“Primary response is to evacuate,” Massey said. “We’re encouraging teachers to do a quick peek outside classroom to be sure there’s a safe exit. [Then] take students and swiftly proceed to the next exit, exit the building, and don’t stop until you reach cover and are out of firearms range. It's different from a fire drill. We don’t want them to be in eyesight of the building. We want them safe and out of firearms range. The number one goal is getting everyone out of the building as soon as possible.”

Massey said that while state and federal laws don't yet mandate the number of active shooter drills a school must conduct, in the Monomoy district officials are looking to conduct two or three each school year.

“We’ll let students know in advance that we’re coming and practice with teachers beforehand,” Massey said. “There will be no simulated bad guys, no weapons shown, no blanks fired, or any of the other scary things you may have seen on TV.”

While hearing about the protocols in place assuaged some parent fears, there were many questions regarding added security during the hours before and after school when doors aren't always locked, whether the installation of metal detectors made sense, and how best to protect students on outside playgrounds.

“We could be here all night talking about 'What Ifs,'” Massey said. “What we’ve identified is that the Run, Hide, Fight method is the preferred response. As a parent I stand behind Run, Hide, Fight. We can’t be there for every little situation. We can’t drill for every little situation, but we can prepare as best we can.”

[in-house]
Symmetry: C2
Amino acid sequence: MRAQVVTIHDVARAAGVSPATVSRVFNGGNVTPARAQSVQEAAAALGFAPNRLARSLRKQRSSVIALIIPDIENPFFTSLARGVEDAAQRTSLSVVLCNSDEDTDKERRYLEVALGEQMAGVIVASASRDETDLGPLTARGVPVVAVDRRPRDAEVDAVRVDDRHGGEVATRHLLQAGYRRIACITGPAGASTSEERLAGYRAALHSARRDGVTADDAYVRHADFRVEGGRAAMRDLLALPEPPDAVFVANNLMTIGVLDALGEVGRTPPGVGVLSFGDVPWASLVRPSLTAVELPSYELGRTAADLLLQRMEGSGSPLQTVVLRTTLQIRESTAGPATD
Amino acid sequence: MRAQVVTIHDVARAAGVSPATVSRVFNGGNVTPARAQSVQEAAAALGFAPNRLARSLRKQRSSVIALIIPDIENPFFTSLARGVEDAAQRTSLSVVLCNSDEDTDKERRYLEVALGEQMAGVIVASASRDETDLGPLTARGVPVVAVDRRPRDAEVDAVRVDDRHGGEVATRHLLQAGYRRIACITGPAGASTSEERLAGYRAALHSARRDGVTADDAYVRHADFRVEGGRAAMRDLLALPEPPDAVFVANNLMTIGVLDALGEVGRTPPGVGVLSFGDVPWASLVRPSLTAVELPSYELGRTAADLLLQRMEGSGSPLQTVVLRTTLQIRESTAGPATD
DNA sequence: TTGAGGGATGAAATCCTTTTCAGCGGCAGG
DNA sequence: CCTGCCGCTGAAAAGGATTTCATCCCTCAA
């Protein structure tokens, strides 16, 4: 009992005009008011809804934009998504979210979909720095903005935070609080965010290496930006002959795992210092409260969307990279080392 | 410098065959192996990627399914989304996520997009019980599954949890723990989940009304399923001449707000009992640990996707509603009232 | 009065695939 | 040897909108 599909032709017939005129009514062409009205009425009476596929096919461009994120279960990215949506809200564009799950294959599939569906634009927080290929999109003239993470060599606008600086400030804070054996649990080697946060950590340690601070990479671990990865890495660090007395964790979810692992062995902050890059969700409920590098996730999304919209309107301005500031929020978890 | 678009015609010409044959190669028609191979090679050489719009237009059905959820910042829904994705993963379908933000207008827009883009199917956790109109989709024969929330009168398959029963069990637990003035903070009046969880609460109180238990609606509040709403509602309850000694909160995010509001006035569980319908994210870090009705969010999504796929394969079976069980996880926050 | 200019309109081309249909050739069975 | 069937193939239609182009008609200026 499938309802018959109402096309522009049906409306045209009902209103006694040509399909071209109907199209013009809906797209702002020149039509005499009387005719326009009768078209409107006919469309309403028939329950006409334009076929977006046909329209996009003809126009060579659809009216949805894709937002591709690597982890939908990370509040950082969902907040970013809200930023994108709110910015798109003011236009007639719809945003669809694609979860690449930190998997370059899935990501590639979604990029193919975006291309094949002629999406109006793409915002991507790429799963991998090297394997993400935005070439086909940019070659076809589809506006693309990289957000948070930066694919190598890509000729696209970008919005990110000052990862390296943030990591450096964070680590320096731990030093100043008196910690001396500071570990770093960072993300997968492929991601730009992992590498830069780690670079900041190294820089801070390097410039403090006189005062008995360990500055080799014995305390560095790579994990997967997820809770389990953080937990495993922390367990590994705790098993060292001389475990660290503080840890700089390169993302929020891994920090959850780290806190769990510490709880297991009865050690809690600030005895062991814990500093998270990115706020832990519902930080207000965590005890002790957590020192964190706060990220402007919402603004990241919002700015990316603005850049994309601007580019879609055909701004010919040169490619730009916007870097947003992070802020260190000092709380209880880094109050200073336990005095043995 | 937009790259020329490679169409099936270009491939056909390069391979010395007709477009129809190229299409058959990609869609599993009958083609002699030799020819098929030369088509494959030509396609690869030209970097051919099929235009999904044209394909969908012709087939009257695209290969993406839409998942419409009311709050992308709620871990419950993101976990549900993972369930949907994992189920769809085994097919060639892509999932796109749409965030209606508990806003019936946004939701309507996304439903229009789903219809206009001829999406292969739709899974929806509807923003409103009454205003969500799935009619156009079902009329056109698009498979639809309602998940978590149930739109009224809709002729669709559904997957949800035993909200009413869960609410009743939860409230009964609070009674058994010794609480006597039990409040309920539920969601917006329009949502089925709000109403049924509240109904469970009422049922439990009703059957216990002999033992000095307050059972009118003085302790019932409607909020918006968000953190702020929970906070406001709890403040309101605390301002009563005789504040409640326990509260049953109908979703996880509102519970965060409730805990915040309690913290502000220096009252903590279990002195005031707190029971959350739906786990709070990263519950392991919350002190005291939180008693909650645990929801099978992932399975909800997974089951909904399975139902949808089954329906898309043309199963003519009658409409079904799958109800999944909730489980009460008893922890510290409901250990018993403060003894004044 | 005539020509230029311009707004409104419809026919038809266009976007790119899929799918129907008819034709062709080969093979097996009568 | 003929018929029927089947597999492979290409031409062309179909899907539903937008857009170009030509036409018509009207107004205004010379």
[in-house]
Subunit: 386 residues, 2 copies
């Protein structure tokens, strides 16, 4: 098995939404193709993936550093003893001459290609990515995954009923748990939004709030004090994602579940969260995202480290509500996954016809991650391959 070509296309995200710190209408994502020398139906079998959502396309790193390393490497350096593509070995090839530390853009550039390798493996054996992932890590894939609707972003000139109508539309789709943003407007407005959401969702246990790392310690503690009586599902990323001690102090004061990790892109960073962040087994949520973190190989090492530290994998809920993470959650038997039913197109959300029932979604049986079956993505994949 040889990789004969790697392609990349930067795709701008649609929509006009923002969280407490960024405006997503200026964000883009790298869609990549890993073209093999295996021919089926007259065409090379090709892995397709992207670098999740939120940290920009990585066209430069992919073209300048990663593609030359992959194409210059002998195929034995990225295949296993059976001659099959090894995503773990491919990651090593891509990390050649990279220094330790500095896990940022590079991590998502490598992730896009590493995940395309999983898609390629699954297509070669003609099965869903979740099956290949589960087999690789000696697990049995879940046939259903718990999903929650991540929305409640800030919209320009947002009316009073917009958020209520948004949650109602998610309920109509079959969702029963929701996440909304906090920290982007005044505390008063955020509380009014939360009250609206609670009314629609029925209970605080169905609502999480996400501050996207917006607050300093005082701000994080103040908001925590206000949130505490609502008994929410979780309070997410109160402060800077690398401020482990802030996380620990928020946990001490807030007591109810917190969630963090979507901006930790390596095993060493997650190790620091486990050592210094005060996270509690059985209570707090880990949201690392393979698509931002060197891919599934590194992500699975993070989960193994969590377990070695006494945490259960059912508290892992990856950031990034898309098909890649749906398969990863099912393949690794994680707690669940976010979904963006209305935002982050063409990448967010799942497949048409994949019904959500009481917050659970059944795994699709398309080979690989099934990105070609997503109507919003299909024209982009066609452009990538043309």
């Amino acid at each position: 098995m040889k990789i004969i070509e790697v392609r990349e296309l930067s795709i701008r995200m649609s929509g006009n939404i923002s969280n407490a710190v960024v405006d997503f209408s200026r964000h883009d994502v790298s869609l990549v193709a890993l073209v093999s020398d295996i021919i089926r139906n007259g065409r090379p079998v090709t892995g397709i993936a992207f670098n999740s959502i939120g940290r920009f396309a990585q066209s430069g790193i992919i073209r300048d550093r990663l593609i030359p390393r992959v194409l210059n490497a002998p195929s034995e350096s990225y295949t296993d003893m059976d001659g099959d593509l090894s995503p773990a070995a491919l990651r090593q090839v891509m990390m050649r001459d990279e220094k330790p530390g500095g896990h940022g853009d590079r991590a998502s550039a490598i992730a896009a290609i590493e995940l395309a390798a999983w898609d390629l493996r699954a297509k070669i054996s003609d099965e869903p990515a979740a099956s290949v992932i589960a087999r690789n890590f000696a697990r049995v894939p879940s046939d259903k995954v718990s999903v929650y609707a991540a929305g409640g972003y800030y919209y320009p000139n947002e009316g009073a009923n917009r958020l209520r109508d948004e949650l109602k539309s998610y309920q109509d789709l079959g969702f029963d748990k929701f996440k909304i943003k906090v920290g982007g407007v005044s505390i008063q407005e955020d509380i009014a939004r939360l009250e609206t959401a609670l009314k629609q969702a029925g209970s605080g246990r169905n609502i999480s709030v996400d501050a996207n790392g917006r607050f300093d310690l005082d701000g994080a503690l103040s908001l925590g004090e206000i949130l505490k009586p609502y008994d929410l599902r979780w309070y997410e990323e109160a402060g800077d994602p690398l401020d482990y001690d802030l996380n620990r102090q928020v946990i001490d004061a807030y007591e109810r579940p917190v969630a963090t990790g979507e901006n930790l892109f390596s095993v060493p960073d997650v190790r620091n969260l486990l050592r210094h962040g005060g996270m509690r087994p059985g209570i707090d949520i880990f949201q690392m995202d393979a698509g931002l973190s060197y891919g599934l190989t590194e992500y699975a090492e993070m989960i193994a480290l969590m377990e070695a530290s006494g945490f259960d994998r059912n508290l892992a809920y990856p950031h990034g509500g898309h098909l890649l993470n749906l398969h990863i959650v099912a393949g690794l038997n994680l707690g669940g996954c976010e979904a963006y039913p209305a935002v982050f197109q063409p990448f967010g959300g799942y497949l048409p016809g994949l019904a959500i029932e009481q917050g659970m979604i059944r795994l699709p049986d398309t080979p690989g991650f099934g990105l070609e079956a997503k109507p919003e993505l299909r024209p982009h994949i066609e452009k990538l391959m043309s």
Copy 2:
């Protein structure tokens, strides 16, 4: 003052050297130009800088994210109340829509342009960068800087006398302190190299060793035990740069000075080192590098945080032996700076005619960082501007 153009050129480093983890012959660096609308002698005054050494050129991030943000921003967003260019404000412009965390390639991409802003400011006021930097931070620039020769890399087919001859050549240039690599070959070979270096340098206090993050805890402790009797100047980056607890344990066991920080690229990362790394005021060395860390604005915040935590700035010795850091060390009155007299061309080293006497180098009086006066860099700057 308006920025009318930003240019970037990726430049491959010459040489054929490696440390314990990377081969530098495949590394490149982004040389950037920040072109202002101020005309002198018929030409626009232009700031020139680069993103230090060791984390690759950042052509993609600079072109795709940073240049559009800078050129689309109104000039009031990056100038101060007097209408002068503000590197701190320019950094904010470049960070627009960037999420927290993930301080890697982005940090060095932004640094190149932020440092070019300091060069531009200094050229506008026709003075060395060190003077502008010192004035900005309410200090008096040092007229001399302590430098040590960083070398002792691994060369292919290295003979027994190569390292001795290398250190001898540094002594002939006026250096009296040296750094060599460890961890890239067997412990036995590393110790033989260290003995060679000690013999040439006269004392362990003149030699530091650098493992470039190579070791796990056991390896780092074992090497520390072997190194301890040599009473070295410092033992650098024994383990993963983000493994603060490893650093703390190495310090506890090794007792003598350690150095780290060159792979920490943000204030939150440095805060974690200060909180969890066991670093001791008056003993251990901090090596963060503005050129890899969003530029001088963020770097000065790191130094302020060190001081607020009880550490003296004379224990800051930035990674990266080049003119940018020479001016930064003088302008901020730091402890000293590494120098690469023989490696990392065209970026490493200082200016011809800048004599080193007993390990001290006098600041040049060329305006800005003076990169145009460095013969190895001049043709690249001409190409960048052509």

With regard to metal detectors in school buildings, Monomoy Superintendent Scott Carpenter said it's a topic he's wrestled with.

“I go back and forth,” he said. “It’s a balance between how do we help students feel safe day-to-day, and I sometimes wonder about metal detectors, and perceptions that their school building might not be as safe as it is. But it's something to consider.”

Massey said the Crisis Team, comprised of school administrators, educators, and local police and fire officials, is looking into holding recess drills in keeping with the Run, Hide, Fight method.

When it was suggested that each school have an armed staff member, Massey noted that by a Massachusetts statute only School Resource Officers are legally allowed to be armed on school property. At present, there is a full-time SRO at the high school, while local officers visit Monomoy Middle and Harwich and Chatham Elementary schools regularly. A full time school resource officer will be coming to the middle school in the fall.

Harwich Police Chief David Guillemette said one of the best actions parents can take is to have conversations with their children about school safety.

“I know it’s a very scary topic,” said. “Have a conversation with your kids about what they say on social media, about being aware of their surroundings, not just in school but out in public, too.”

Since mental health is a key piece of the school safety issue, the Monomoy district has been implementing a number of programs that allow educators to be more aware of students in need. According to Melissa Maguire, director of special education, counselors receive regular training in myriad areas, including addiction, and a new grant will allow for further training.

“We have just an incredible clinical team,” Maguire said. “We’re doing more than you might see.”

“Our schools are as safe as any other public school in the country,” said Massey. “We’ve gone a long way in a short period of time. I’m happy as a parent as to where we are with school safety and security.”